If I want to find out what movie-goers think about Fifty Shades of Grey, I can take the time to read reviews on Rotten Tomatoes, IMDb, Metacritic and other sites. I’ll find widely varying opinions that may leave me as clueless as when I began the search.
Instead, I can type in “Fifty Shades of Grey” on Shadow.com for an instant synopsis of reviews from various sites. At one glance, I can see that 67 percent disliked the film generally, most often using the terms “creepy,” “not-romantic” and “unsexy.” I can see that 56.5% of about 5,000 people gave it two out of five stars.
Shadow, officially launched in March with a fresh infusion of $3 million, crowdsources public opinions from 45,000 websites in 30 categories so far. This includes hotels, restaurants, movies, celebrities, sports teams, medical aids, cars and airlines.
Founded in the Tel Aviv suburb of Ramat Gan two years ago,Shadow is coming out of beta mode with 700,000 active monthly users (as of mid-March) and a growth rate of 40% per month, according to founder Eli Mashiah.
A mobile version is launching first for Android and then iOS, and an April merger with another Israeli company is expected to double traffic, Mashiah tells ISRAEL21c in an exclusive interview.
“I think Shadow is something that could change the world,” says Mashiah.
“Social networks start from the person. If I want to collect what everyone said about this restaurant or that camera, I have to go to a lot of different places. Shadow starts from the object and not the person. Type in whatever you’re researching, and Shadow gathers all the information for you.”
One-stop review shop
Websites such as FindTheBest, Vurb and BrightReviews also cater to the growing number of consumers checking online reviews before deciding where to spend their money or how to vote.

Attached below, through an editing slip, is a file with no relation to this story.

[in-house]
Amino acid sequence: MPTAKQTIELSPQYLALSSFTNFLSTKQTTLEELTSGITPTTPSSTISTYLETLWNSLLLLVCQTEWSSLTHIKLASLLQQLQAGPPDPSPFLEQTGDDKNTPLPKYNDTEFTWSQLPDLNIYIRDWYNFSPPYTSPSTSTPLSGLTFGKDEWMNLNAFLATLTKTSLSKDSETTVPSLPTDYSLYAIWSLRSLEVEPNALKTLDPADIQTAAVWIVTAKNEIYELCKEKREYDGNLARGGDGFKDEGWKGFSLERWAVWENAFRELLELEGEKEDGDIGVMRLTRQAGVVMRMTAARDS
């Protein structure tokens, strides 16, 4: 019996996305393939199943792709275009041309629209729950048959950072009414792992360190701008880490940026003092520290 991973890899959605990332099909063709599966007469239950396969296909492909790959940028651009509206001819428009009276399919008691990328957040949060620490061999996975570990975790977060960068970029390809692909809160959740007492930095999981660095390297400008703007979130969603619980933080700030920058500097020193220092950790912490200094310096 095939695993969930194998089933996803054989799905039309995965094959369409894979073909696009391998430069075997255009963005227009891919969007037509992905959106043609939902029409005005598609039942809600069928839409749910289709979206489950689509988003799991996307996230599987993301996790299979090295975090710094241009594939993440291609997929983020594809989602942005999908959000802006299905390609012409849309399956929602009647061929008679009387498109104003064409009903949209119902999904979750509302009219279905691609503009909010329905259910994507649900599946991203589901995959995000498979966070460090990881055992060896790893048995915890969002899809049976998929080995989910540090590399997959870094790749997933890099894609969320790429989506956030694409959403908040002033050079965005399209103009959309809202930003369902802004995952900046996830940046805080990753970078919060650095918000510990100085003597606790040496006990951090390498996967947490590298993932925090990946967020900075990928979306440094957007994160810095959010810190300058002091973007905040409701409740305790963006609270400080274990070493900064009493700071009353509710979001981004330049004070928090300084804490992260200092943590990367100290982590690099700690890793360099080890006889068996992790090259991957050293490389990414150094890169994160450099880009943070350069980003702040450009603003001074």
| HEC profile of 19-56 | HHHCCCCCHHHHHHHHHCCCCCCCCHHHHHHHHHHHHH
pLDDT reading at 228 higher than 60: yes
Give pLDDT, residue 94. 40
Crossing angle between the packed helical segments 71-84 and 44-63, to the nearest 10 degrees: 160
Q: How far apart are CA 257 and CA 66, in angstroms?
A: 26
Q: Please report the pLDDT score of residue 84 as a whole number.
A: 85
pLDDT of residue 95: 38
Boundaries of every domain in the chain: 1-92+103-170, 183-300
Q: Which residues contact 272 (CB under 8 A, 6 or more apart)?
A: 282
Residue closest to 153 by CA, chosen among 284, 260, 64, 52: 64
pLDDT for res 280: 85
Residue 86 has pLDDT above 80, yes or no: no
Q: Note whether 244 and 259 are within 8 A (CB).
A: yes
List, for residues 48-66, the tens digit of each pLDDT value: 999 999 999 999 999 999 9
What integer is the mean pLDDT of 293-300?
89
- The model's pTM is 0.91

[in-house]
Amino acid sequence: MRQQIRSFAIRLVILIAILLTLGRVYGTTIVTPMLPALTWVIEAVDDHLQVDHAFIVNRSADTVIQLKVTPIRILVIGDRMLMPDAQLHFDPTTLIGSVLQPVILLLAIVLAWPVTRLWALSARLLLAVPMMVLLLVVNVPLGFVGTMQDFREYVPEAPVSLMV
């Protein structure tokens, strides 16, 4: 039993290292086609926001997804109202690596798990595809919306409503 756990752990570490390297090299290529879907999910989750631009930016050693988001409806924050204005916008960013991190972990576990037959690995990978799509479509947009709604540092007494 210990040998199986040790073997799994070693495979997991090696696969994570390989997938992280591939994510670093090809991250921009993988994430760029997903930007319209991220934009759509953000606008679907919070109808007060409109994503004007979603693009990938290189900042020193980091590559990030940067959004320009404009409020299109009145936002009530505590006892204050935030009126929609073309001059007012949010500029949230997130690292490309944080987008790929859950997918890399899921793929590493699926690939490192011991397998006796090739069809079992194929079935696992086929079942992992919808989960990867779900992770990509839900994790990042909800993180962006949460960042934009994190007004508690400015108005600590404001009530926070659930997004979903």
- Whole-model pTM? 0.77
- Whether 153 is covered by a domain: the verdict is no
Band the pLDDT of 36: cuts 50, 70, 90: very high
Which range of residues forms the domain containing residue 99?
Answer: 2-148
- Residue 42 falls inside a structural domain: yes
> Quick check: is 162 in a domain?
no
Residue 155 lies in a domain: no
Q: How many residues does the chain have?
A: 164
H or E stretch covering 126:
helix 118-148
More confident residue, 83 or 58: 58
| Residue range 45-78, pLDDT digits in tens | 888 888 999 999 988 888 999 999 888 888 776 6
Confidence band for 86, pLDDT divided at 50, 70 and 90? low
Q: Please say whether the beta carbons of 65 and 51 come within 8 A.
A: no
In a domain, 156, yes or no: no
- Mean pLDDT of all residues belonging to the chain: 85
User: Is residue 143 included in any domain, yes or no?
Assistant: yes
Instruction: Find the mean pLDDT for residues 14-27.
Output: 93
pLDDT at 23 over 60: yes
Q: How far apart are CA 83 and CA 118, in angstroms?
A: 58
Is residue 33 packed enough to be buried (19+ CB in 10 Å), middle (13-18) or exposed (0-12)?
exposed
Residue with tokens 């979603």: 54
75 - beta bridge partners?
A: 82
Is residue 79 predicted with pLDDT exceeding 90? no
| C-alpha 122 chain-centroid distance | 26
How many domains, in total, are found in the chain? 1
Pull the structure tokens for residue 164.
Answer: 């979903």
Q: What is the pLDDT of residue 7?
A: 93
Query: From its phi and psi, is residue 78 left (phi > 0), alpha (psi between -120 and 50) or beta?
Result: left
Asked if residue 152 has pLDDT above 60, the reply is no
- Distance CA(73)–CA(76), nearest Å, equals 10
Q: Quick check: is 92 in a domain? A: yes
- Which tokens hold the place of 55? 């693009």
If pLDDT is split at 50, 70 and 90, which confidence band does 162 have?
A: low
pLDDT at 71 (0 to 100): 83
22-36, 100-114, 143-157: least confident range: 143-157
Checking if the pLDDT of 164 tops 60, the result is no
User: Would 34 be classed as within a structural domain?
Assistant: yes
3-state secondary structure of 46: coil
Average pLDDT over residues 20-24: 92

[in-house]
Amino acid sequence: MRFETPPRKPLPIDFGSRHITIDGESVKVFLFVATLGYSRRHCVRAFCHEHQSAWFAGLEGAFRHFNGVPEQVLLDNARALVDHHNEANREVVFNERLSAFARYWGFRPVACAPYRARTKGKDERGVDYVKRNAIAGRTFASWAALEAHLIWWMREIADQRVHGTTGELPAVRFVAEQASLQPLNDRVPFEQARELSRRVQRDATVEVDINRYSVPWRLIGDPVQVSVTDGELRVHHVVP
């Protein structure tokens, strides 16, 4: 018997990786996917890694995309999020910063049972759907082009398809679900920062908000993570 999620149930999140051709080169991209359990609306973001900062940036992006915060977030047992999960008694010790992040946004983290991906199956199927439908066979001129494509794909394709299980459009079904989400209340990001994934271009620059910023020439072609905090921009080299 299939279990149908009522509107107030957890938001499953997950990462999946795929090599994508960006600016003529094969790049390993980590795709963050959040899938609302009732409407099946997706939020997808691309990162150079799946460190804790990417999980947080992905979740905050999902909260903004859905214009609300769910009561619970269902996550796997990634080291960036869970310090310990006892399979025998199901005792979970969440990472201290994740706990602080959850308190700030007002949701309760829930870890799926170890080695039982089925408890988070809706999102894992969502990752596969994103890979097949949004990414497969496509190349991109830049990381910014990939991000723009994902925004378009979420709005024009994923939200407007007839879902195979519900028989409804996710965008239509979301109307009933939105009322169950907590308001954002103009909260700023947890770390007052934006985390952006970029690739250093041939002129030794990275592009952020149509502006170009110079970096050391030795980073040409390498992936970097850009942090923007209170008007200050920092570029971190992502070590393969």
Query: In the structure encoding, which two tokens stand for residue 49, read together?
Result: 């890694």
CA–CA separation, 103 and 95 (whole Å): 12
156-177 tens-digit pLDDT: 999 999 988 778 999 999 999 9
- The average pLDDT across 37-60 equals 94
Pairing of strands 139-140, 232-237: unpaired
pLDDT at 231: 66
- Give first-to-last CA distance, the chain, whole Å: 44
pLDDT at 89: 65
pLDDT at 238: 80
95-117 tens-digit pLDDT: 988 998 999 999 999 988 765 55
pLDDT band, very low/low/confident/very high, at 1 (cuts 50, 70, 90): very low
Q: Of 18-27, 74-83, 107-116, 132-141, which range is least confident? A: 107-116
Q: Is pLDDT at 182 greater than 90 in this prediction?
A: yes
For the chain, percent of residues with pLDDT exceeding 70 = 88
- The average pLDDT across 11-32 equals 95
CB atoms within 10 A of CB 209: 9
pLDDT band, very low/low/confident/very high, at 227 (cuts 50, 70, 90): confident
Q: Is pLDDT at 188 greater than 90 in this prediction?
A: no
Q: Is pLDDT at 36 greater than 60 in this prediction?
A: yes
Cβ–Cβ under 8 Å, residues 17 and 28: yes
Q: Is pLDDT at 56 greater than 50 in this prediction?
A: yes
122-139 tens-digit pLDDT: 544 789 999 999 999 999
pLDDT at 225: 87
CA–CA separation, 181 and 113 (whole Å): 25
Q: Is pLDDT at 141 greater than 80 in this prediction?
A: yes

However, Shadow is unique as a one-stop review shop. “What distinguishes us most is that we are a combination of three things: a review platform for anything, a search engine of other review sites, and a social network where the community gives appreciation to reviews,” Mashiah explains.“If a reviewer gets very appreciated by the crowd, his or her weight becomes more significant. It’s like a weighted democracy.”
Crowdsourcing and technology help Shadow identify fake reviews, he adds. “We use a lot of algorithms to try to eliminate biased and fake reviews. And we do a lot of natural language processing to analyze text on sites such as Twitter, Tumbler and Facebook.”
He notes that Shadow does not steal content from other websites. “We give a short summary sentence and show the average scores and the most frequently used words from both bad and good reviews. Then we add a link to the original review for those who want to read the entire entry,” he says.
Shadow also provides a poll platform for people to review celebrities and political candidates.
In fact, Mashiah says Shadow users successfully predicted winners in the recent Israeli elections, while traditional polls proved inaccurate.
“Everybody is amazed about the election results in Israel, but we had a poll running for two weeks before the election and almost 10,000 people took part,” says Mashiah. “We were the only one where Likud was projected to win at 2% above Zionist Union. I thought we were doing something wrong because the other polls didn’t agree, but apparently we were doing something right.”
Impressive track record
Mashiah and cofounder Israel Mazin have a good track record, to say the least. Their previous joint venture, MEMCO Software, merged with Platinum Technologies in 1998 and was sold to Computer Associates in New York for $3.5 billion in 1999. Mazin went on to become CEO of big-data analytics company OpTier, acquired by SAP in 2014 for $10 billion.
Until starting Shadow, Mashiah earned a master’s degree in computer science and started another master’s in Jewish philosophy. The founders put their own cash into Shadow and have several ideas for generating revenue via advertising and premium services.
“First you have to build up a lot of traffic; around 10 million surfers per month for revenue models to work,” says Mashiah.
The 15-employee company expects that as users increase so will the database of searchable categories. Right now, if you type in a search term not related to the existing categories – say, baby strollers – you won’t get impressive results, but you can start your own ShadowPage on the topic.
“The challenge is that you want to be everywhere and you can’t because it’s too expensive – it’s like trying to boil the ocean,” says Mashiah. “So we have to find certain vertical markets where we can penetrate and be the leader.”
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